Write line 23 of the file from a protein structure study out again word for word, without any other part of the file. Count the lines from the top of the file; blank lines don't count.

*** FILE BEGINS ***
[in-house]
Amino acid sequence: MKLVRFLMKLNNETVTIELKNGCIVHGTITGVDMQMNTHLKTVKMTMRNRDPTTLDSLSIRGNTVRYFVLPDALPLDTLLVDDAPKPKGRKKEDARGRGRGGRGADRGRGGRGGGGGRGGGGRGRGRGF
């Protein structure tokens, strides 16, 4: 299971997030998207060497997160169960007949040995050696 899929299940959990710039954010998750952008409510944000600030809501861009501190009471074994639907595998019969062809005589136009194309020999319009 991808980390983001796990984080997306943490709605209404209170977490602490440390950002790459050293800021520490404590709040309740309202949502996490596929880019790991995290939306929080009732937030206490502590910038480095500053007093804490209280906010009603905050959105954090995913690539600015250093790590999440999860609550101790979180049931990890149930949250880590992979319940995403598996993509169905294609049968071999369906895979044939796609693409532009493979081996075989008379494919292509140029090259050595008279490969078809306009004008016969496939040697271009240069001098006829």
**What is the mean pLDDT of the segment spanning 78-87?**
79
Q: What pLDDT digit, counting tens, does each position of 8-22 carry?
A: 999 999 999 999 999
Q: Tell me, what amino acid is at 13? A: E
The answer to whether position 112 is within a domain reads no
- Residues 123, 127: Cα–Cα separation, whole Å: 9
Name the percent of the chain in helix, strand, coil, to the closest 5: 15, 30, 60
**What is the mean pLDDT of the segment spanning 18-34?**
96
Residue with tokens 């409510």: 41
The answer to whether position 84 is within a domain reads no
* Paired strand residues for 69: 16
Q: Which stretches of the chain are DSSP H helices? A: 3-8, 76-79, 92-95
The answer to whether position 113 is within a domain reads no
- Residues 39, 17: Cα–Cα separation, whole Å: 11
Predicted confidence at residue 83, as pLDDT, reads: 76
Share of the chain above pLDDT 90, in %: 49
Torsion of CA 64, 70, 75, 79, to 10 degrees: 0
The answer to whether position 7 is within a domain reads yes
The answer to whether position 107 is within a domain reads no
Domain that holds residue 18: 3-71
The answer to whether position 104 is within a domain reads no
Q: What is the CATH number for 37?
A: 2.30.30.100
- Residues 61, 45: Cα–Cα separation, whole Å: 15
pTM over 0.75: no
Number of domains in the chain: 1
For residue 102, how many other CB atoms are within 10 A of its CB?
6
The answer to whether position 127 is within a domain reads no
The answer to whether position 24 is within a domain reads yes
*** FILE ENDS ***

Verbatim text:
The answer to whether position 7 is within a domain reads yes